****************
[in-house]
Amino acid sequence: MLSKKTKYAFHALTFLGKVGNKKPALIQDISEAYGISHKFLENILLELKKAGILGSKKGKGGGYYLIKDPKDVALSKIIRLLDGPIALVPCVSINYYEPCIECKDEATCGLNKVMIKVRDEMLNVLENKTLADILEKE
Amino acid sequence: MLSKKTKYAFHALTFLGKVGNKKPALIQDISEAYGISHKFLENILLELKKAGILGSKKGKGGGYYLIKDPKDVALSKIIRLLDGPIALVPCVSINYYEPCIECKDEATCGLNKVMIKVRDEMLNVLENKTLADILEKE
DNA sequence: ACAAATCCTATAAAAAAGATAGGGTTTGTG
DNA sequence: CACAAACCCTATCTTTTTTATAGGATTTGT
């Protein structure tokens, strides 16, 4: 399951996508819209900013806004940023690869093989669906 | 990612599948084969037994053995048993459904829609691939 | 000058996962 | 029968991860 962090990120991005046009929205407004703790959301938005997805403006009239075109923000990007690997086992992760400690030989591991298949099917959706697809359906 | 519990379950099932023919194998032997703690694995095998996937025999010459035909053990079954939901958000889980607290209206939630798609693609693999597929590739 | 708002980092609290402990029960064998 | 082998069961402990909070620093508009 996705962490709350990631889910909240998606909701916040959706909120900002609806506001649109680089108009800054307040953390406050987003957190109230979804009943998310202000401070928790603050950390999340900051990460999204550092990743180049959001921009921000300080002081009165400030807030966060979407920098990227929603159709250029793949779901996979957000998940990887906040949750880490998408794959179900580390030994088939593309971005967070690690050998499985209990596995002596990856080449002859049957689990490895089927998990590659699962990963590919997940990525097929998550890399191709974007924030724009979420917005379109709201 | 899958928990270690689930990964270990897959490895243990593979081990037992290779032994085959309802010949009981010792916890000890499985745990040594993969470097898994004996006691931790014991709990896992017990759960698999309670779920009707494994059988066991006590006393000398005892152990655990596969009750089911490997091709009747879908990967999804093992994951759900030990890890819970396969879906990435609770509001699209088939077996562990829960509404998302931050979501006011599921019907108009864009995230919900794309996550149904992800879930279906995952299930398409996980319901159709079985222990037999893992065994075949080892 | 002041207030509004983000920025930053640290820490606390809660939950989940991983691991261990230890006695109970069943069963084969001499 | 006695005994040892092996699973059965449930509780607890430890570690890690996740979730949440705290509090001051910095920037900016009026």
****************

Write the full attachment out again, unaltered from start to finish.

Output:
[in-house]
Amino acid sequence: MLSKKTKYAFHALTFLGKVGNKKPALIQDISEAYGISHKFLENILLELKKAGILGSKKGKGGGYYLIKDPKDVALSKIIRLLDGPIALVPCVSINYYEPCIECKDEATCGLNKVMIKVRDEMLNVLENKTLADILEKE
Amino acid sequence: MLSKKTKYAFHALTFLGKVGNKKPALIQDISEAYGISHKFLENILLELKKAGILGSKKGKGGGYYLIKDPKDVALSKIIRLLDGPIALVPCVSINYYEPCIECKDEATCGLNKVMIKVRDEMLNVLENKTLADILEKE
DNA sequence: ACAAATCCTATAAAAAAGATAGGGTTTGTG
DNA sequence: CACAAACCCTATCTTTTTTATAGGATTTGT
């Protein structure tokens, strides 16, 4: 399951996508819209900013806004940023690869093989669906 | 990612599948084969037994053995048993459904829609691939 | 000058996962 | 029968991860 962090990120991005046009929205407004703790959301938005997805403006009239075109923000990007690997086992992760400690030989591991298949099917959706697809359906 | 519990379950099932023919194998032997703690694995095998996937025999010459035909053990079954939901958000889980607290209206939630798609693609693999597929590739 | 708002980092609290402990029960064998 | 082998069961402990909070620093508009 996705962490709350990631889910909240998606909701916040959706909120900002609806506001649109680089108009800054307040953390406050987003957190109230979804009943998310202000401070928790603050950390999340900051990460999204550092990743180049959001921009921000300080002081009165400030807030966060979407920098990227929603159709250029793949779901996979957000998940990887906040949750880490998408794959179900580390030994088939593309971005967070690690050998499985209990596995002596990856080449002859049957689990490895089927998990590659699962990963590919997940990525097929998550890399191709974007924030724009979420917005379109709201 | 899958928990270690689930990964270990897959490895243990593979081990037992290779032994085959309802010949009981010792916890000890499985745990040594993969470097898994004996006691931790014991709990896992017990759960698999309670779920009707494994059988066991006590006393000398005892152990655990596969009750089911490997091709009747879908990967999804093992994951759900030990890890819970396969879906990435609770509001699209088939077996562990829960509404998302931050979501006011599921019907108009864009995230919900794309996550149904992800879930279906995952299930398409996980319901159709079985222990037999893992065994075949080892 | 002041207030509004983000920025930053640290820490606390809660939950989940991983691991261990230890006695109970069943069963084969001499 | 006695005994040892092996699973059965449930509780607890430890570690890690996740979730949440705290509090001051910095920037900016009026």